Why walk your bike vertically?
October 26, 2008 5:02 PM   Subscribe

KidsTheseDays Filter: I see 'em walking their bikes by holding them propped up vertically, by the handlebars, balanced on the back wheel. What's this all about?

I've tried it, and it's ungainly (plus, looks stupid). Also takes both hands. When I walk my bike (horizontally) it only takes one hand (grasping the handlebar neck, to steer), freeing the other hand up for whatever (like, pushing open the door). But then I have an adult bike, with 700C wheels; the teenagers I see doing this are still using their BMX bikes.

What's popularizing this vertical method? Possibly just a local trend?

Yes, it reduces one's footprint in a crowd, which is to be commended, but it's unstable and awkward IMO. Am I missing something?
posted by Rash to Travel & Transportation (19 answers total) 1 user marked this as a favorite
I think you're missing something.

1) It only takes one hand on the stem to walk a bike vertically.

2) It's much easier to maneuver through crowds, doors, small spaces, etc. because the bike is shorter and it tracks right where you guide it to go, unlike a horizontal roll where the back wheel needs room to make a turn.

I'm not sure what the trend is, but in my vast experience (and it is reasonably vast--bike courier etc.), walking a vertical bike is much much easier than walking a horizontal bike.

It sounds like your personal preference is clouding your judgment.
posted by OmieWise at 5:06 PM on October 26, 2008

Best answer: If you walk it upright, the pedals don't knock your shins.
posted by Fiasco da Gama at 5:12 PM on October 26, 2008


The bike would be shorter if guided while horizontal,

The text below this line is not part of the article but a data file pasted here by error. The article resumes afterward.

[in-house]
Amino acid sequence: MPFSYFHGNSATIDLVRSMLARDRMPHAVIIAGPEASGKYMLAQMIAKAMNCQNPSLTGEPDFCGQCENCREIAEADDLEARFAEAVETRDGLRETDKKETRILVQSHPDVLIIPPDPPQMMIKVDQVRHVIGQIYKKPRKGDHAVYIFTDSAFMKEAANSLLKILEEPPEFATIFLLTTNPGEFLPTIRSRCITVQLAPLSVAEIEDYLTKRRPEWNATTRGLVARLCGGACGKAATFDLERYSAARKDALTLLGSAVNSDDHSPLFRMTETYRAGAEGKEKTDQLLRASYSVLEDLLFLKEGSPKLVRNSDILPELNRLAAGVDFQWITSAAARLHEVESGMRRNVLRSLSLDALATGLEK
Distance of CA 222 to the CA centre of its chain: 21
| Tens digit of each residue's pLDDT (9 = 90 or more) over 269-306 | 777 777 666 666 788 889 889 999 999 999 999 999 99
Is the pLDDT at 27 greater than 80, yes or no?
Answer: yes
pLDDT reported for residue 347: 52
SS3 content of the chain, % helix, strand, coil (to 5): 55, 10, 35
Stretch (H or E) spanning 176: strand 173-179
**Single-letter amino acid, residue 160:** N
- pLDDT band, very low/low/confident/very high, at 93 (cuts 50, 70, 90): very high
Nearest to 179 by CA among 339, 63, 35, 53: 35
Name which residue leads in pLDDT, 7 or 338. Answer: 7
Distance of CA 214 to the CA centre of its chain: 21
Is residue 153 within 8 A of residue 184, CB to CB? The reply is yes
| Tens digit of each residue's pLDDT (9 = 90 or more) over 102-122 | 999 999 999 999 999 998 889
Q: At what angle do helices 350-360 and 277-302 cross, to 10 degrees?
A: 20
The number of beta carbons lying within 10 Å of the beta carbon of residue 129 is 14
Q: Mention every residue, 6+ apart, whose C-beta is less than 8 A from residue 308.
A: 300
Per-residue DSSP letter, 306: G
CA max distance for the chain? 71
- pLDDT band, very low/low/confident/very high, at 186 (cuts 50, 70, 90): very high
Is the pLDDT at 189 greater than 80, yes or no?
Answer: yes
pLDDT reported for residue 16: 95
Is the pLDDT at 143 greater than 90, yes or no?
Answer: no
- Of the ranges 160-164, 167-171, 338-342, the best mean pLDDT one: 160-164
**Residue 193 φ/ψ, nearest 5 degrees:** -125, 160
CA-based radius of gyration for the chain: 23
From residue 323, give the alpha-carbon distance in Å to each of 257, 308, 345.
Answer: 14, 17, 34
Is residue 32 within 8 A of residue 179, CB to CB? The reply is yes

Omniewise, your answer confused me but I know squat about bikes.
posted by pearlybob at 5:15 PM on October 26, 2008

It's easier, more comfortable and far more maneuverable.

It's not a new thing (in England at least), I've been doing it for as long as I can remember-- pushing a bike on two wheels means you're leaning over (I'm pretty tall), and I always clip my ankles. I'd rather carry my bike on my shoulder then push it around on two wheels because of those reasons alone.
posted by Static Vagabond at 5:20 PM on October 26, 2008

I do it in large pedestrian crowds so I don't hit someone / take up more side-by-side area.
posted by Upal at 5:28 PM on October 26, 2008

pearlybob: I took it that OmieWise meant shorter lengthwise. When you walk the bike upright, there's no ass-end to have to maneuver.
posted by CKmtl at 5:34 PM on October 26, 2008

Best answer: BMXer here (and not a teenager), I do this frequently. Mainly because at about 6 foot tall, wheeling my bmx by the handle bars means I have to walk hunch back. Also it means I can walk the bike with just one hand and it is more maneuverable as Static has pointed out. Also because I have pegs on my rear wheels I often get myself in the back of the ankle with them. Also makes it easier to get the bike down stairs, or alteratively hop it up steps.

I haven't ever done this with a mountain/road bike that I can recall, I can imagine that it might not handle similarly.
posted by chrisbucks at 5:34 PM on October 26, 2008

Ahhhh, ok, thanks for the clarification CK. I get it now.
posted by pearlybob at 5:35 PM on October 26, 2008

Huh. Great question—I've seen my neighbor doing this with his fancy racing bike since he moved in, and figured it was some sort of "Oh, look at me, I'm a pro" kind of affectation... but apparently there might be a reason he's doing it!